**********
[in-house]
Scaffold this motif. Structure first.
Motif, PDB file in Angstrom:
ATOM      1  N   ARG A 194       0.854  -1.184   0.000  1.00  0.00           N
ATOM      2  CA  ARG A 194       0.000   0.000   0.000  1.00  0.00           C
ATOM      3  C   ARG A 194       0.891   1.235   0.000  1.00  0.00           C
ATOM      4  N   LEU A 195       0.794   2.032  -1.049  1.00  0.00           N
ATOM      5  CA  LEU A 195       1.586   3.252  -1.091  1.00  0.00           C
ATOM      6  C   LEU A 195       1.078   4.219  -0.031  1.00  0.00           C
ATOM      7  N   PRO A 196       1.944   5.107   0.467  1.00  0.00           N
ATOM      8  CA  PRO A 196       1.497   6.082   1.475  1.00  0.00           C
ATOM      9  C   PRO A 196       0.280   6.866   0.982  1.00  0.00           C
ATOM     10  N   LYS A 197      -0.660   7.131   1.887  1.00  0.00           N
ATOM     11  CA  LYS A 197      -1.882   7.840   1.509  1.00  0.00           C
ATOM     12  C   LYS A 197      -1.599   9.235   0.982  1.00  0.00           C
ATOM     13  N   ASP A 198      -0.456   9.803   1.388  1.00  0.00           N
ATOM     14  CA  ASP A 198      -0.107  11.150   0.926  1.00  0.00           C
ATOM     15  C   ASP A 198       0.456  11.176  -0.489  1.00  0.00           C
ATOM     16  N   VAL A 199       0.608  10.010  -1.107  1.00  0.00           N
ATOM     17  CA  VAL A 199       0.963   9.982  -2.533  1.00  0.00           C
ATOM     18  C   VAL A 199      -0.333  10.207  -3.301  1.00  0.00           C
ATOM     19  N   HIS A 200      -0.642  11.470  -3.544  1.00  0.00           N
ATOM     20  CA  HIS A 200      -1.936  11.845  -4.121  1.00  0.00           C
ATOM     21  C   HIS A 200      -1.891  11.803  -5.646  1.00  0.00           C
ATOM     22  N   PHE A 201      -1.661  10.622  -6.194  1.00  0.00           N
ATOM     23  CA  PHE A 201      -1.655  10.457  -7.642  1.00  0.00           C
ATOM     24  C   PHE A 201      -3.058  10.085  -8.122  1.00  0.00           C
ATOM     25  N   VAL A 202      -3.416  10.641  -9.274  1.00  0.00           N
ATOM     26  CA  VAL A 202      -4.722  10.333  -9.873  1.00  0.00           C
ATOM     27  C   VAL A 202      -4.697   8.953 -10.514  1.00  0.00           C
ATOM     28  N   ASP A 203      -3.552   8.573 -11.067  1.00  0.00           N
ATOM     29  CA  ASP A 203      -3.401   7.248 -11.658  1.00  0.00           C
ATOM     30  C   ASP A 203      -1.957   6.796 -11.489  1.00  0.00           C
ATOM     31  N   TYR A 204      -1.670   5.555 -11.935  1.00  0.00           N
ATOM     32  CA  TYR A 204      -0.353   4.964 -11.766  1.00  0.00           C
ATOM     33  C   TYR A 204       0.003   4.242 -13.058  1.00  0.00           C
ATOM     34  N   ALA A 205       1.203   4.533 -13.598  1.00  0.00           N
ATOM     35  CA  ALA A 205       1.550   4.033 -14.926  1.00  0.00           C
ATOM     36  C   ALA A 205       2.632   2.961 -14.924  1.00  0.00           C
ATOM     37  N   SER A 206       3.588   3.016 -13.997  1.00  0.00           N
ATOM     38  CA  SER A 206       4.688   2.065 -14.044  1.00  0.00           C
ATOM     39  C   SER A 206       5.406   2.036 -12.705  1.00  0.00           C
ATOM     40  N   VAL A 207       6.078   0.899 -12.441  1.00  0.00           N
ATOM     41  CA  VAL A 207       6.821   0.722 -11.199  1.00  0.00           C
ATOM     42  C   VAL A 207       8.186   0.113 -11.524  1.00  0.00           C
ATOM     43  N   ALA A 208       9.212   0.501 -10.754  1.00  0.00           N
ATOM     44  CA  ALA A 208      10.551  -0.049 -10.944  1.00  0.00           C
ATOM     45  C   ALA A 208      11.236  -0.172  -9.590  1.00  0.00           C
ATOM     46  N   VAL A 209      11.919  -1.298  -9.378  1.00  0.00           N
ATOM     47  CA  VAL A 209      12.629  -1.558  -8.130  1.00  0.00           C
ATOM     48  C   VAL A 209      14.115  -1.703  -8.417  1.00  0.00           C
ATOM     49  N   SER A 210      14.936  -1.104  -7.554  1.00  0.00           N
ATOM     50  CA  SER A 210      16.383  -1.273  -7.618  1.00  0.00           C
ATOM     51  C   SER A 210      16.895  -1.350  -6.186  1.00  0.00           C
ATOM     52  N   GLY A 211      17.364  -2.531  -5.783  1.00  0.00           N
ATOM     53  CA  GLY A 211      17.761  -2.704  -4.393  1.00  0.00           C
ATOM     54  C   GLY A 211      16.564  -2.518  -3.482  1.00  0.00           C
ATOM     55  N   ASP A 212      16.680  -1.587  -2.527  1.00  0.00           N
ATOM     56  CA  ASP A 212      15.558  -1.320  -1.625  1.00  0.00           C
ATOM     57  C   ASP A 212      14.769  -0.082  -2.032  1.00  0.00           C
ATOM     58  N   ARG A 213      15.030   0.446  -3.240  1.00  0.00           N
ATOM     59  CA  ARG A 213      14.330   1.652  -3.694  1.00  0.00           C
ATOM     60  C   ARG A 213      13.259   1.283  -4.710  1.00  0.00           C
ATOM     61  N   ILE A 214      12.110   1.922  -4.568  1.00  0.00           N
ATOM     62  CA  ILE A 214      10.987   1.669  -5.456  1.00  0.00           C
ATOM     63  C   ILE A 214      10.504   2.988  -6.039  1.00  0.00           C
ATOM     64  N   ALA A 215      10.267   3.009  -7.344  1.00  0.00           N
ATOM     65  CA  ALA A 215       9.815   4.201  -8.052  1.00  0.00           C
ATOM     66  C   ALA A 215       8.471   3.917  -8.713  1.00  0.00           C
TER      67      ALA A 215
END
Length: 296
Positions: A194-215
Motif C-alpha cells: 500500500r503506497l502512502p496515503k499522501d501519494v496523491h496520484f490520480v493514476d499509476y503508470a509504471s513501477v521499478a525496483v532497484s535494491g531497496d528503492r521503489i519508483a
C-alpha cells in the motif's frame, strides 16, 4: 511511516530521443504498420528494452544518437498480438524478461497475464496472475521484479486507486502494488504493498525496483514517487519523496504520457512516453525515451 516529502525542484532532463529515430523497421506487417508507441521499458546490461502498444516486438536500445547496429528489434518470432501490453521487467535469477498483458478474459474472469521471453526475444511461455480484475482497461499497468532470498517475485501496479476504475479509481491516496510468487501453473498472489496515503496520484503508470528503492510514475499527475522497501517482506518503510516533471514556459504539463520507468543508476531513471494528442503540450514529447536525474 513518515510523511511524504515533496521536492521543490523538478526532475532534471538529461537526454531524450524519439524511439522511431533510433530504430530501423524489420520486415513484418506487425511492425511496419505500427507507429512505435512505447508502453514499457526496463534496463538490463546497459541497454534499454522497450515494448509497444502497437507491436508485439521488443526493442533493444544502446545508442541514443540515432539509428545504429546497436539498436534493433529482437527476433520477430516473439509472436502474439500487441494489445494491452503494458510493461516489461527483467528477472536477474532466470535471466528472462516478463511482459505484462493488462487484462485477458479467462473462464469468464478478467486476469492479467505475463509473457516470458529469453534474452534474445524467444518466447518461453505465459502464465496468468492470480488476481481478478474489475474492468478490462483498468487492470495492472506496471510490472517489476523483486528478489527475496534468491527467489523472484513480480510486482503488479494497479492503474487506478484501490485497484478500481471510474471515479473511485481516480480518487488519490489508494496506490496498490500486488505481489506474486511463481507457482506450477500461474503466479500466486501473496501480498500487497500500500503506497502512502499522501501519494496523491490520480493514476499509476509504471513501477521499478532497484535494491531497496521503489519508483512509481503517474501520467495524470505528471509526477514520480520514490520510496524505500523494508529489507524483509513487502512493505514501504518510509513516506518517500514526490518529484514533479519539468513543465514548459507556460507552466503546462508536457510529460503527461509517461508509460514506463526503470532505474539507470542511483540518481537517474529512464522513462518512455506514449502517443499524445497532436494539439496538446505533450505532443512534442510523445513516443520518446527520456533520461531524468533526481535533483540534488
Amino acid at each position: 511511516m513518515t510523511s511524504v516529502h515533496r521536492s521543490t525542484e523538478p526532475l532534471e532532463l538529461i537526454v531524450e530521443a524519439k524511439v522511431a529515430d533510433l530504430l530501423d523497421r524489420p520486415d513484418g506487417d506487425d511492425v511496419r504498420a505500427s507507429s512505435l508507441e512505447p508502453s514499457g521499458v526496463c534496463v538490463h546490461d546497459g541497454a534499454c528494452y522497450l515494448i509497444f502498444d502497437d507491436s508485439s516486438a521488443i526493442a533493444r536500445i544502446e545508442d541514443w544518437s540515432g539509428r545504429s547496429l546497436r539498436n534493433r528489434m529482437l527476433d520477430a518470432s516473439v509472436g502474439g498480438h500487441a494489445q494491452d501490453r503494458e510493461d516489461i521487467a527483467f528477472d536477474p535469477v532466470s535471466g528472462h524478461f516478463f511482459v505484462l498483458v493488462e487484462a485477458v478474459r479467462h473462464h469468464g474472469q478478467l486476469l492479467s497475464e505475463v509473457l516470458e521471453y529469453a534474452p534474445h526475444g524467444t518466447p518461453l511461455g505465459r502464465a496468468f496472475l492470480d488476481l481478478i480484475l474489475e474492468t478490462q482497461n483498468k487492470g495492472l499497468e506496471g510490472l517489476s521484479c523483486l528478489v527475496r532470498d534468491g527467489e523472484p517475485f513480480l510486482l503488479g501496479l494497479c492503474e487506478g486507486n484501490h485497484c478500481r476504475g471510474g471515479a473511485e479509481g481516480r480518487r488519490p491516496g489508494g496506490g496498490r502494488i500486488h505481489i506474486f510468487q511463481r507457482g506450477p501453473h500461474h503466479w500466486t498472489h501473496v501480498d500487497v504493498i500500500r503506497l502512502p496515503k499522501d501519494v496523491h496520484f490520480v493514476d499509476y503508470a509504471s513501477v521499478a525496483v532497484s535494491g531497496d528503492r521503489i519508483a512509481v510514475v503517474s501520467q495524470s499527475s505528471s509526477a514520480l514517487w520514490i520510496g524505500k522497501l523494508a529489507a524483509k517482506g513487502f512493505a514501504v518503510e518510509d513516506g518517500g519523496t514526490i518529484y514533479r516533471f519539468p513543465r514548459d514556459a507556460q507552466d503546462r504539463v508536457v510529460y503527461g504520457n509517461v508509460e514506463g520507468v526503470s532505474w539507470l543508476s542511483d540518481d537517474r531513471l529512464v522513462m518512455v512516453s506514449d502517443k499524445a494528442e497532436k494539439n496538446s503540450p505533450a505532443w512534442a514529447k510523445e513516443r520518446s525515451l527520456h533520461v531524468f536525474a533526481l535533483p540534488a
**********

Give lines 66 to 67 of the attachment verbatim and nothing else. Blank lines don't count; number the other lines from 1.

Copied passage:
ATOM     63  C   ILE A 214      10.504   2.988  -6.039  1.00  0.00           C
ATOM     64  N   ALA A 215      10.267   3.009  -7.344  1.00  0.00           N